Well, this is important. This is something I care deeply about, and this is something that doesn’t yet exist. The best thing we’ve got going right now is to either sift through a giant news aggregator (like google news) and cut out the sources you dislike, or to create an RSS feed of all the sources you like best.

But different sources are better for different issues, and what was a good source on global climate change may not be a good source on the link between cancer rates and power lines. And then, if that source gives you a report on an asteroid likely to hit Earth, is it reputable?

(And if the source has a picture of Bruce Willis instead, does that make it more or less reliable?)

Well, since Labor Day, I’ve been working on a number of projects related to science education, communication and outreach. And I’ll continue working on them, just like I’ll do my damnedest to keep putting out the amazing quality articles you’ve come to expect here. Hopefully, there won’t even be a drop in the frequency with which I write and post them!

But today, I start a new project as well. There’s a new startup company that’s attempting to fill that niche: to be a quality, real-time news service that gathers all the articles on a topic from around the web and focuses on choosing articles based on the quality of the science in their science and health sections.

That’s right, not on traffic, or prestige, or the number of potential pageviews, or on the advertising dollars it can bring in, but on the quality, accuracy and reliability of the article in question. Because it’s your Universe, your world, and your life, and you deserved to have the best and most honestly accurate information out there at your fingertips.

(Actually, I’d prefer accurate and precise, but I’ll settle for simply being honest about what the data actually indicates!)

When I heard about this project, and I thought about how I could contribute to it, about how much I know about finding, analyzing, and discerning accurate information, as well as helping communicate it, I couldn’t say no. So I start, today, as the head editor of their science and health sections. My job will be to build and develop these sections, as well as creating featured collections on different topics, and working with the other members of this company to create as useful a resource as possible. Over the next few months, I’m going to work on not only editing but curating the topics that come up. It’s going to take a lot of work, because the eventual goal is to teach the software how to make these choices as to which articles are pure gold and which ones are pure rubbish, but the end goal is too great to not go for it.

So I’m going for it. And you can be sure that down the road, I’ll be asking you for help in doing this right, in making this great, and in creating — for the first time — a place where you can go to get exclusively accurate, informative news about science, health, and any topic you choose, but without the noise, scams, and dishonest, misleading tripe that’s out there. (And if you think google self-corrects itself to give you just that, you, my friend, are living in a fantasy.)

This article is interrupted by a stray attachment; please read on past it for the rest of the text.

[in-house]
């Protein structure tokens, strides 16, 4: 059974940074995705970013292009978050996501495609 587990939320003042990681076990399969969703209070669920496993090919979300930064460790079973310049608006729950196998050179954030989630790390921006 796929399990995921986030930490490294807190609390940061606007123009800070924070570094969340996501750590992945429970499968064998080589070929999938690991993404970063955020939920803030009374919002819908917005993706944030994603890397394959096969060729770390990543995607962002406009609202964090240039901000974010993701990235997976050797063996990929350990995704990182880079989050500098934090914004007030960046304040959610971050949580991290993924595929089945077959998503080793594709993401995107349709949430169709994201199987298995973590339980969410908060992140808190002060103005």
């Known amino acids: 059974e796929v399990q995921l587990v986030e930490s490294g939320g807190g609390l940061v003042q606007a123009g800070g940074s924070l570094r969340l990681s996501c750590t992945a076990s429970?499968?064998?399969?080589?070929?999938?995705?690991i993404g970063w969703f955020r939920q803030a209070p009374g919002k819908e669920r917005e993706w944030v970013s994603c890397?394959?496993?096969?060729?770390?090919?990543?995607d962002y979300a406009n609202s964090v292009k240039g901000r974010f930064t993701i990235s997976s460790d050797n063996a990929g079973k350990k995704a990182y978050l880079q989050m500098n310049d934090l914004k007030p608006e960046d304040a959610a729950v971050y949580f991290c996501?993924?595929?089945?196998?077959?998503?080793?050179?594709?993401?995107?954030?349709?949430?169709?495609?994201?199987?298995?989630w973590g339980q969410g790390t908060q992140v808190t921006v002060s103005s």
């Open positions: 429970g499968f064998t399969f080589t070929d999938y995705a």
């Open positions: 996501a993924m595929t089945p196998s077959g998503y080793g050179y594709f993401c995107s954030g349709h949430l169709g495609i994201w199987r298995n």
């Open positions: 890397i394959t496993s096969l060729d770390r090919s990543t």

Because I want this service to exist. I want it to work, and I want it to come out working right. Not just for myself, but for you, and for everyone out there who wants a little more truth, accuracy, and honesty in their news. More details to follow soon, of course, including soliciting feedback from you, my esteemed readers, but in the meantime, I hope you keep on enjoying Starts With A Bang, and that you wish me luck in this new venture! If there’s anything you’d like me to keep in mind while I start working on this, now’s the time to let me know!

Comments

  1. #1 Christian Ready
    November 15, 2011

    Congratulations! I’m launching a new science blog of my own so I’ll look forward to linking back to your new site’s articles. Way to go!

  2. #2 OKThen
    November 15, 2011

    Ethan
    Yes there is a real need for such a science news service.
    Yes you will do an excellent job at it.
    I wish you all the best.

    Here http://bigthink.com/ideas/22827 is a relevant discussion. the title of this article is “Re-Imagining University Science Media”.

    This http://bigthink.com/ideas/41046 is also part of the discussion. “The Rise of Adaptive Learning”. OK, this is more relevant to your physics software endeavor.

    All the best in your various endeavors.

  3. #3 BenHead
    November 15, 2011

    Sounds redundant – we’ve got the Science Channel. Come on, “Destroyed in Seconds” is on!

    Seriously, that sounds awesome. Looking forward to it! Is this in addition to your own company you’d started work on? You’ll be busy!

  4. #4 greame
    November 15, 2011

    Sounds fantastic, Ethan. It’s a much needed service. I just fear not enough people will utilize it.

  5. #5 Lewis Thomson
    November 15, 2011

    Great idea,how about fixing it so your readers can share with others on Facebook.

  6. #6 Bruno Ferreira
    November 15, 2011

    Congrats and good luck on this new venture! With so much misinformation around it is excellent to have more people devoted to accurate information.

  7. #7 Arthur- Growshop
    November 15, 2011

    Incredible this post, I think nobody has done much the reality of things interest me travel at the speed of light, due to the recent discovery of neutrinos.

  8. #8 Anonymous Coward
    November 15, 2011

    Congratulations and best of luck at the new gig.

  9. #9 Chris' Wills
    November 15, 2011

    I hope it all goes well and that you remember to link to it when it’s ready to roll out.